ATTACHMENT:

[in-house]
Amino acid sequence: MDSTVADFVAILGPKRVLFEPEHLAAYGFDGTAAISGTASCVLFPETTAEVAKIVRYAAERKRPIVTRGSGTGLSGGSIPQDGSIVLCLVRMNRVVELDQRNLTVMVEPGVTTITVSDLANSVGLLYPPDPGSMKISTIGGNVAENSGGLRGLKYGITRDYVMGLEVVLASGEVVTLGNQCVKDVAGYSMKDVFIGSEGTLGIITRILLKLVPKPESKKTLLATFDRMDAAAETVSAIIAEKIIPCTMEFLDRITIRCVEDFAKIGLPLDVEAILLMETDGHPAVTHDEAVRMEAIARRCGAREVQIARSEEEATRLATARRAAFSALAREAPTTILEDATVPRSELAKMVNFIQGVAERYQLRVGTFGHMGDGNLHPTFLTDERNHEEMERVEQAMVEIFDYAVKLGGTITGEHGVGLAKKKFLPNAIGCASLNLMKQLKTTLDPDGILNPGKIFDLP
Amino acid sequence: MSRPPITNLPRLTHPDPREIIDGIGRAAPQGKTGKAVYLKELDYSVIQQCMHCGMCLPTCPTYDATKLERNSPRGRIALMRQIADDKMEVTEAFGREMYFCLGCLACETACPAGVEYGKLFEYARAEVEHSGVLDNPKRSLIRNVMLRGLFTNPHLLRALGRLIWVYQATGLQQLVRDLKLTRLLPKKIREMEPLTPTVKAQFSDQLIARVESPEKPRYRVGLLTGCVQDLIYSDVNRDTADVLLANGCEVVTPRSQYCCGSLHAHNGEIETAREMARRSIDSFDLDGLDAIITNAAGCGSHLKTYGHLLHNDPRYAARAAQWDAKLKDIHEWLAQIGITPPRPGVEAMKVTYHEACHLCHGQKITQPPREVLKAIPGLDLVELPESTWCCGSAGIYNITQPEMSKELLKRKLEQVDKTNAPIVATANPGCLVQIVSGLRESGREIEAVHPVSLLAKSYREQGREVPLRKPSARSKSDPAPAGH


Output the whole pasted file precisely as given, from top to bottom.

[in-house]
Amino acid sequence: MDSTVADFVAILGPKRVLFEPEHLAAYGFDGTAAISGTASCVLFPETTAEVAKIVRYAAERKRPIVTRGSGTGLSGGSIPQDGSIVLCLVRMNRVVELDQRNLTVMVEPGVTTITVSDLANSVGLLYPPDPGSMKISTIGGNVAENSGGLRGLKYGITRDYVMGLEVVLASGEVVTLGNQCVKDVAGYSMKDVFIGSEGTLGIITRILLKLVPKPESKKTLLATFDRMDAAAETVSAIIAEKIIPCTMEFLDRITIRCVEDFAKIGLPLDVEAILLMETDGHPAVTHDEAVRMEAIARRCGAREVQIARSEEEATRLATARRAAFSALAREAPTTILEDATVPRSELAKMVNFIQGVAERYQLRVGTFGHMGDGNLHPTFLTDERNHEEMERVEQAMVEIFDYAVKLGGTITGEHGVGLAKKKFLPNAIGCASLNLMKQLKTTLDPDGILNPGKIFDLP
Amino acid sequence: MSRPPITNLPRLTHPDPREIIDGIGRAAPQGKTGKAVYLKELDYSVIQQCMHCGMCLPTCPTYDATKLERNSPRGRIALMRQIADDKMEVTEAFGREMYFCLGCLACETACPAGVEYGKLFEYARAEVEHSGVLDNPKRSLIRNVMLRGLFTNPHLLRALGRLIWVYQATGLQQLVRDLKLTRLLPKKIREMEPLTPTVKAQFSDQLIARVESPEKPRYRVGLLTGCVQDLIYSDVNRDTADVLLANGCEVVTPRSQYCCGSLHAHNGEIETAREMARRSIDSFDLDGLDAIITNAAGCGSHLKTYGHLLHNDPRYAARAAQWDAKLKDIHEWLAQIGITPPRPGVEAMKVTYHEACHLCHGQKITQPPREVLKAIPGLDLVELPESTWCCGSAGIYNITQPEMSKELLKRKLEQVDKTNAPIVATANPGCLVQIVSGLRESGREIEAVHPVSLLAKSYREQGREVPLRKPSARSKSDPAPAGH